Climate change threatens development efforts of world’s poor – UN official

31 March 2008

Climate change is among a host of new challenges that is making it increasingly difficult for the world’s poorest people to escape from poverty and hunger, the head of the United Nations International Fund for Agricultural Development (IFAD) said today.

Climate change is among a host of new challenges that is making it increasingly difficult for the world’s poorest people to escape from poverty and hunger, the head of the United Nations International Fund for Agricultural Development (IFAD) said today.

Most of the world’s poor live in rural areas of developing countries and depend on agriculture to survive. In addition, millions of small-scale farmers and members of the rural poor live in areas that face serious risk from degradation and desertification due to climate change.

“Put simply, the price of development just went up,” said IFAD President Lennart Båge. “Substantial and additional money will be needed to help poor countries adapt to climate change.”

The implications of climate change, as well as the rise in global food prices and biofuels top the agenda of talks in Paris today between Mr. Båge and senior French officials, representatives of civil society and researchers. They will be discussing how to help the rural poor in a world where nearly one billion people live in extreme poverty and hunger. The IFAD President will be holding similar discussions with Belgian officials in Brussels tomorrow.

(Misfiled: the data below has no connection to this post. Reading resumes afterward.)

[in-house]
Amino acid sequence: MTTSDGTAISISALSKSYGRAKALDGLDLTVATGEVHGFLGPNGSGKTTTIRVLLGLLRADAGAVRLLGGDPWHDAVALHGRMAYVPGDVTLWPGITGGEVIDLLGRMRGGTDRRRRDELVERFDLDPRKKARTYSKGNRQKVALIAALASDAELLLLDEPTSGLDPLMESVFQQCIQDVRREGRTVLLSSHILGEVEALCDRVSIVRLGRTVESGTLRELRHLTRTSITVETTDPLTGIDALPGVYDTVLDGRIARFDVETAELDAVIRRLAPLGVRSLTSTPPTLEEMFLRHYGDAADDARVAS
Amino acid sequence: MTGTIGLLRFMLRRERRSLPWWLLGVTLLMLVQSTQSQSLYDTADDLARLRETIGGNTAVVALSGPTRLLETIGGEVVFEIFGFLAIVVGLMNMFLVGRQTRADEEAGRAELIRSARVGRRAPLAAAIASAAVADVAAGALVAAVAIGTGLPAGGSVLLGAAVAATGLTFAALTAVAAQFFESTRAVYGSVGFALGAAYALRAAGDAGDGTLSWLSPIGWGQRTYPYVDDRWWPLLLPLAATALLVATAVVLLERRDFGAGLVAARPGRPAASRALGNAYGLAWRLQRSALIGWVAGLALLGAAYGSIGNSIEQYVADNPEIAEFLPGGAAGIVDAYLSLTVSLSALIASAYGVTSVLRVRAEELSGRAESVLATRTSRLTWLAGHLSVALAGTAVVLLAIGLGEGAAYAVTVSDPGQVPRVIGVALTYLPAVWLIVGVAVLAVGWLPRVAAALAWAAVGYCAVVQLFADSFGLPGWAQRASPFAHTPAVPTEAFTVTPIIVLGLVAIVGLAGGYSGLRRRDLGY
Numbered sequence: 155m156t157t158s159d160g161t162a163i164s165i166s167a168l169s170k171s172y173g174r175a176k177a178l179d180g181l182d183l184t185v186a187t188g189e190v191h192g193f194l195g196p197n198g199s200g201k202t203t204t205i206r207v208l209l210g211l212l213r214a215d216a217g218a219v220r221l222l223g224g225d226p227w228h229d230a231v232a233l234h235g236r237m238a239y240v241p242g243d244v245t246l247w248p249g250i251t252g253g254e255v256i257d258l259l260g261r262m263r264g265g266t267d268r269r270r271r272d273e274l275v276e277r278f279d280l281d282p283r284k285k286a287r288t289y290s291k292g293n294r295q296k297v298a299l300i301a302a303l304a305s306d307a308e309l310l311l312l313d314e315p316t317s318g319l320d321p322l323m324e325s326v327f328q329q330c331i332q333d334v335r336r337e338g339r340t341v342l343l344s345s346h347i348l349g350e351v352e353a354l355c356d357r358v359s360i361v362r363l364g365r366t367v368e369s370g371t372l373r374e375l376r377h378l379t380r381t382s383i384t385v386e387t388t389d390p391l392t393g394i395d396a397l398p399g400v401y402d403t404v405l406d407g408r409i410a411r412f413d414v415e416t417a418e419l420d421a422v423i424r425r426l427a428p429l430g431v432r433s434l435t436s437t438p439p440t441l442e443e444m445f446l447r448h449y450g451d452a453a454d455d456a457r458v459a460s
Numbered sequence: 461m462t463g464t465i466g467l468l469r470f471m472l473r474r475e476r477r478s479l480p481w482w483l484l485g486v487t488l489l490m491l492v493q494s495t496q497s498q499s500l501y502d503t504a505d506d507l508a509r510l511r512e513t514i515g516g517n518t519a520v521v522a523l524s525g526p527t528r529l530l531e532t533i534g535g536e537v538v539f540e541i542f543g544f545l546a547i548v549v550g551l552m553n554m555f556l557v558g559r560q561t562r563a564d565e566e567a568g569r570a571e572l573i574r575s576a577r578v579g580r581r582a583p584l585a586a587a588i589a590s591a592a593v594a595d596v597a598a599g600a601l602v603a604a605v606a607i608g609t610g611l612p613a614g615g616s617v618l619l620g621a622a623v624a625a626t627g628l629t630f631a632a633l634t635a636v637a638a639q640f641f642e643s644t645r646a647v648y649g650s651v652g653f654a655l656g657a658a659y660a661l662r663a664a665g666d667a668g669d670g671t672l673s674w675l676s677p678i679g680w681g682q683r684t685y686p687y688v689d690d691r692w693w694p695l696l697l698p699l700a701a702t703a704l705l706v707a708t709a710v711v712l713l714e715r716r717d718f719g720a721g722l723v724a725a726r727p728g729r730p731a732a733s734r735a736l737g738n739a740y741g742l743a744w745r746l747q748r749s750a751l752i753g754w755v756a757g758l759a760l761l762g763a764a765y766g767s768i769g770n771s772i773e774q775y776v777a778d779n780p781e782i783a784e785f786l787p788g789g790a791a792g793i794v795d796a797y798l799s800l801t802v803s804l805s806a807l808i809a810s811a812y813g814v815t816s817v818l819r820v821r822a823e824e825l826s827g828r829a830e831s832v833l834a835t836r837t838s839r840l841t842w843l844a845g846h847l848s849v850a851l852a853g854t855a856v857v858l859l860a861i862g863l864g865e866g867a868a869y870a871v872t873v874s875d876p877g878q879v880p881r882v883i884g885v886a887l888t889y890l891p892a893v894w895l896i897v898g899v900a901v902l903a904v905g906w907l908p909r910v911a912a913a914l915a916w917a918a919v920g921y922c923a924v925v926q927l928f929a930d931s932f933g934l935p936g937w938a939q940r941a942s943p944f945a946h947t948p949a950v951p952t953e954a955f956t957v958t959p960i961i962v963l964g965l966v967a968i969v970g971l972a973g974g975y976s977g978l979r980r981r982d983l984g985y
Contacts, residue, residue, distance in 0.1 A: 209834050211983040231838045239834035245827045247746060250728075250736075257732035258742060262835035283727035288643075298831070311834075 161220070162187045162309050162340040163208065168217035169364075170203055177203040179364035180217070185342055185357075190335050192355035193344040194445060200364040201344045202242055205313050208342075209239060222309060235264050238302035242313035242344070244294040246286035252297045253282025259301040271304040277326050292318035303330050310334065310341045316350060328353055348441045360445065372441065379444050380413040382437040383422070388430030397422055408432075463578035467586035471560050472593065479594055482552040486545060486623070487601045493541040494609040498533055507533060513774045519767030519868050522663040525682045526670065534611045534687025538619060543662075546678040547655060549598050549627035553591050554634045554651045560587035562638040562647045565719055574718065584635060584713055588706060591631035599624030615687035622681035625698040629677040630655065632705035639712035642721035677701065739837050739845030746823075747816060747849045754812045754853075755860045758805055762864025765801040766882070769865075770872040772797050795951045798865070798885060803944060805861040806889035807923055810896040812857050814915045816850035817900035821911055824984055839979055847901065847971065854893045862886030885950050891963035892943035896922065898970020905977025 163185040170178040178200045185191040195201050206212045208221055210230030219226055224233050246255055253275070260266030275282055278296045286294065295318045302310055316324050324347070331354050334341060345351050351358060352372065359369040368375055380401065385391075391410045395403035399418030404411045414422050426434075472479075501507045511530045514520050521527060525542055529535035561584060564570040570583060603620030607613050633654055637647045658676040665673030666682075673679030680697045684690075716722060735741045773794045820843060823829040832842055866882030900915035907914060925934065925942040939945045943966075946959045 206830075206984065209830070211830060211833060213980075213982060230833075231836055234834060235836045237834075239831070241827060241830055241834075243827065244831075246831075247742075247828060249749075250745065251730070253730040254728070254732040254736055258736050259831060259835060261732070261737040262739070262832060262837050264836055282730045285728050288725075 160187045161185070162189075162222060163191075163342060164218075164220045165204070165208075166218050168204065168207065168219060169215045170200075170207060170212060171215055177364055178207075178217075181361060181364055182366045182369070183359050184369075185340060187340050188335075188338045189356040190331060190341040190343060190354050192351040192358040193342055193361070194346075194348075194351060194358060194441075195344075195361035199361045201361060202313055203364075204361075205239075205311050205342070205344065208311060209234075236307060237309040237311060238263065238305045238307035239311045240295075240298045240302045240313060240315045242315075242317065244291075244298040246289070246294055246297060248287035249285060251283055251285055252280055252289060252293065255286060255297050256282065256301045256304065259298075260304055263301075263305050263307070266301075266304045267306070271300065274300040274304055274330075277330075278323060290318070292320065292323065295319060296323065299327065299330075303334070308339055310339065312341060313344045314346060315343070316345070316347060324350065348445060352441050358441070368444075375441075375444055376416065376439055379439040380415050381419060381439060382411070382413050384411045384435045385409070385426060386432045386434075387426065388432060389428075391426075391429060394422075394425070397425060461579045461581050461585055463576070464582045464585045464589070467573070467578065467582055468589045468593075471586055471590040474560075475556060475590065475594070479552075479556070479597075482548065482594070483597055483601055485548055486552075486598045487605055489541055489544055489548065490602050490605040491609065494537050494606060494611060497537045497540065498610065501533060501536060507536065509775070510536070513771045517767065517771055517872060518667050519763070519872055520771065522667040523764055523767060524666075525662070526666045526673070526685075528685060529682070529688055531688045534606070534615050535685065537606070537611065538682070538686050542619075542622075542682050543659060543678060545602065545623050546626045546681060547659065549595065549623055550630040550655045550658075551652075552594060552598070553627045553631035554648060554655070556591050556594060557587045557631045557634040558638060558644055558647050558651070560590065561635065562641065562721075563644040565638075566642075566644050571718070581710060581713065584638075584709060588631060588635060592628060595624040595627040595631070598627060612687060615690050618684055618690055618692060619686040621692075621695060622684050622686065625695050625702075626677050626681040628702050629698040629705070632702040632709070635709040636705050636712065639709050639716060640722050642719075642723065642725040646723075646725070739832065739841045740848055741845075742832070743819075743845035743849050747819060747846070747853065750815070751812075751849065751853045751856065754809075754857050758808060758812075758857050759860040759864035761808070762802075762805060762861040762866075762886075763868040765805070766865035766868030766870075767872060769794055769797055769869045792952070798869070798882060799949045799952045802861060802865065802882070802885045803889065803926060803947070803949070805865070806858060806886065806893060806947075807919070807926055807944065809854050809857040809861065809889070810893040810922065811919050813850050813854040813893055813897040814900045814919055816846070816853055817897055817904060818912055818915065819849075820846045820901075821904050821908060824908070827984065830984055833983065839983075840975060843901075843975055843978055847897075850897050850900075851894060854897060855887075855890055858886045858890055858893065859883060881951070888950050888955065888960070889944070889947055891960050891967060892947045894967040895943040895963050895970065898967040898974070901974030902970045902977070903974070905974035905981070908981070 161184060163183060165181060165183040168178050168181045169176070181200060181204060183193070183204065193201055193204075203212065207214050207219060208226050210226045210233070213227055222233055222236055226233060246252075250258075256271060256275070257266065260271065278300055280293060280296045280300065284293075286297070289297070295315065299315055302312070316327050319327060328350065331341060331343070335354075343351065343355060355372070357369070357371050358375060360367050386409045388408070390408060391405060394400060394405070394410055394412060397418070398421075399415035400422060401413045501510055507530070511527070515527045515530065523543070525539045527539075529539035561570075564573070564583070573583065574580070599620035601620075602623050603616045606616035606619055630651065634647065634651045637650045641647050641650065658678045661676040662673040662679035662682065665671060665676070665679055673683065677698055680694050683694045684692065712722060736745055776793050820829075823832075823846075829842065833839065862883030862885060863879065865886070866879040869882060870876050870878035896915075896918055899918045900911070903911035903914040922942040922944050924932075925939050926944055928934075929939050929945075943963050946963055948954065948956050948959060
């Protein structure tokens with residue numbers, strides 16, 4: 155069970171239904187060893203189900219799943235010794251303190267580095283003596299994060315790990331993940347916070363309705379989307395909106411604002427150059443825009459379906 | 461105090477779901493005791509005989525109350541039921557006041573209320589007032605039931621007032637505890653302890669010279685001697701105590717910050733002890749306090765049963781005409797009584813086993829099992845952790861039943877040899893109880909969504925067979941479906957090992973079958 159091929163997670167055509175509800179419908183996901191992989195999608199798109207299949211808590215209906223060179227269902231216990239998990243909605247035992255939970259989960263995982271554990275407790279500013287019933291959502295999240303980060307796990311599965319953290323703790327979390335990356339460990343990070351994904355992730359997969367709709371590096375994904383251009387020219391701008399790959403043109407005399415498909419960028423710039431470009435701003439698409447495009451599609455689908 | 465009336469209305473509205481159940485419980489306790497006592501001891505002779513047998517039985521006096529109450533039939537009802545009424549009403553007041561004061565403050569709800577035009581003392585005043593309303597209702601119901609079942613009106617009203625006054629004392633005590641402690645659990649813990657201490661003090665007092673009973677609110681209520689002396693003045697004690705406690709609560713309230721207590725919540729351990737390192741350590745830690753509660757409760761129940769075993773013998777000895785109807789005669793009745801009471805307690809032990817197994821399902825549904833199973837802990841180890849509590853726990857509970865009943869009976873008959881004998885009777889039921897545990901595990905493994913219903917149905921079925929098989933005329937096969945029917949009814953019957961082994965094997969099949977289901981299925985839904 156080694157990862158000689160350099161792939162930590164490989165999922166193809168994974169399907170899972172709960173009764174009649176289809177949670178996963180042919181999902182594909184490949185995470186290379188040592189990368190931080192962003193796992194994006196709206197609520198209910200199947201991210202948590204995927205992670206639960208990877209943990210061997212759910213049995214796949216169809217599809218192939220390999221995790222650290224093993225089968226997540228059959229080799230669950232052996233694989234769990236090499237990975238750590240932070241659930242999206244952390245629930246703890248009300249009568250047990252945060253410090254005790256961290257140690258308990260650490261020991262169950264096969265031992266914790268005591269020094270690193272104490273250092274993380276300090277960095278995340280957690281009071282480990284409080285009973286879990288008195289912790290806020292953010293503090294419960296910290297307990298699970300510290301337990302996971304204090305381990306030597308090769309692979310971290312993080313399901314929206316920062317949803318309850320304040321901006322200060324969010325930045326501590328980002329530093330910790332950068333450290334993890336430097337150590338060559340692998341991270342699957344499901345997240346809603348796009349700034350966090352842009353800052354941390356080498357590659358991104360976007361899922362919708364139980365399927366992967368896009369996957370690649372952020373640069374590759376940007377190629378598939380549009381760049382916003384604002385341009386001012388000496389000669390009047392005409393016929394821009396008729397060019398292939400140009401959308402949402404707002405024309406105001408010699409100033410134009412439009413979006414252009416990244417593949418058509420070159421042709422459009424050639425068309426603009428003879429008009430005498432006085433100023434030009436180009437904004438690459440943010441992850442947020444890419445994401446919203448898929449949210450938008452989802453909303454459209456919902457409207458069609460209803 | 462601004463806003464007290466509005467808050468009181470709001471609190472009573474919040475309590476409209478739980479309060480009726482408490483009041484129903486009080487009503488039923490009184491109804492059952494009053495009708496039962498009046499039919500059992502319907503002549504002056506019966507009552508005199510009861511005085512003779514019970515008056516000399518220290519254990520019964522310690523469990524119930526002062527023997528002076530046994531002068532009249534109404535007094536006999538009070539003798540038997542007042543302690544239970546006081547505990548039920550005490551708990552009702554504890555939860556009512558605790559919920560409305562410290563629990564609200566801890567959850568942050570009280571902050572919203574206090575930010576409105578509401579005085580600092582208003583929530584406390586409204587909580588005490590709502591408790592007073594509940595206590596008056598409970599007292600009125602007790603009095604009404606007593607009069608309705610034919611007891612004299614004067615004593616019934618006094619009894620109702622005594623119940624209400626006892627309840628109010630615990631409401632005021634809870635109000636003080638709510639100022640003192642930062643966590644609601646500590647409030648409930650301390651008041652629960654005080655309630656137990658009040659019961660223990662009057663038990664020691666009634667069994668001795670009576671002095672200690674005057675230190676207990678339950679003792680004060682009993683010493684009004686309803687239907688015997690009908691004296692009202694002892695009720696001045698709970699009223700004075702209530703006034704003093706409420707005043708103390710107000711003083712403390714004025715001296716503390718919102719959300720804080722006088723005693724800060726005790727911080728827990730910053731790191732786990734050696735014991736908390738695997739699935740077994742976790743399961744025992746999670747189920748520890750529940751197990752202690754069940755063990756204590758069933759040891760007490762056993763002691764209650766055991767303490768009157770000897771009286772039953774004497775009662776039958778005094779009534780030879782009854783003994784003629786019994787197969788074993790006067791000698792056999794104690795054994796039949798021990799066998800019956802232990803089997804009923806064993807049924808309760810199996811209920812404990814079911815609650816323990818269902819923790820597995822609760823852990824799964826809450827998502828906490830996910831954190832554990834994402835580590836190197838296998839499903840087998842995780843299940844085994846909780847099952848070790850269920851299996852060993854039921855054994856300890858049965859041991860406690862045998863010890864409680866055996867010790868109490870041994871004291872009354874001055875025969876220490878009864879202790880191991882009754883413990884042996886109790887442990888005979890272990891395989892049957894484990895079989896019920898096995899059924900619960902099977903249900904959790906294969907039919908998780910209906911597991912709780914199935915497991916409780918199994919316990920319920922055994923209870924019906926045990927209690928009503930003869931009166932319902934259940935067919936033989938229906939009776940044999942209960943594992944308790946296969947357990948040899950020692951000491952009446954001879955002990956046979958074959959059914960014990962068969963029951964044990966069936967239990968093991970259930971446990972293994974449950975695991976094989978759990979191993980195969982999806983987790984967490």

“We can expect future climate change to put almost 50 million extra people at risk of hunger by 2020,” Mr. Båge stated. “Those least responsible for the problem will be hit first, and hardest.”

He noted that Africa is likely to bear the brunt of this, with at least 75 million people there facing increasing water shortages and lack of good quality water.

Closely linked with climate change are rising food prices and the expansion of biofuels. The increased demand for biofuels has sparked concerns that the poor rural people living in marginal areas may lose their lands to those seeking additional land for fuel production.

Many of the world’s poorest people are already feeling the pinch from soaring food prices, which have already sparked riots in numerous countries, including Burkina Faso, Cameroon and Mozambique. “Security may very well prove to be a serious issue in the not-too-distant future,” said Mr. Båge.

France and IFAD have a long history of collaboration in developing countries, especially in Africa. To date, France has provided more than $255 million for IFAD-supported poverty reduction programmes and projects. It has also contributed nearly $42 million to IFAD’s Special Programme for sub-Saharan Africa.

 

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